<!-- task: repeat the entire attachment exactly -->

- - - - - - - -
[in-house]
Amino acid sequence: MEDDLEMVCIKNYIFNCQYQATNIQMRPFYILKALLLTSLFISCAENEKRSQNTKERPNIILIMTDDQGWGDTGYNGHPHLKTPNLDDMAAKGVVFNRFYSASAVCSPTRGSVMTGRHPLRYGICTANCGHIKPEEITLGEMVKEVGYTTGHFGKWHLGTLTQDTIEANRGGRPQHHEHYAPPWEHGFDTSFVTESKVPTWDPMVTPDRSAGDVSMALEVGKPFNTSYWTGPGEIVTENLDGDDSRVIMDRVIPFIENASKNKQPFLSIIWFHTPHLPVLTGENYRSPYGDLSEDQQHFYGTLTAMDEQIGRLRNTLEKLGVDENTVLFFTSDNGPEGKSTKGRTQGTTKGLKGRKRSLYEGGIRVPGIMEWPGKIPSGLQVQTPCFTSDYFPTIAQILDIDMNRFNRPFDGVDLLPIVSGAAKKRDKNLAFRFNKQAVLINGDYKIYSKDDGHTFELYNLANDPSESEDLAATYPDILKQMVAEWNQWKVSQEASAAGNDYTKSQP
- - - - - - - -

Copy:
[in-house]
Amino acid sequence: MEDDLEMVCIKNYIFNCQYQATNIQMRPFYILKALLLTSLFISCAENEKRSQNTKERPNIILIMTDDQGWGDTGYNGHPHLKTPNLDDMAAKGVVFNRFYSASAVCSPTRGSVMTGRHPLRYGICTANCGHIKPEEITLGEMVKEVGYTTGHFGKWHLGTLTQDTIEANRGGRPQHHEHYAPPWEHGFDTSFVTESKVPTWDPMVTPDRSAGDVSMALEVGKPFNTSYWTGPGEIVTENLDGDDSRVIMDRVIPFIENASKNKQPFLSIIWFHTPHLPVLTGENYRSPYGDLSEDQQHFYGTLTAMDEQIGRLRNTLEKLGVDENTVLFFTSDNGPEGKSTKGRTQGTTKGLKGRKRSLYEGGIRVPGIMEWPGKIPSGLQVQTPCFTSDYFPTIAQILDIDMNRFNRPFDGVDLLPIVSGAAKKRDKNLAFRFNKQAVLINGDYKIYSKDDGHTFELYNLANDPSESEDLAATYPDILKQMVAEWNQWKVSQEASAAGNDYTKSQP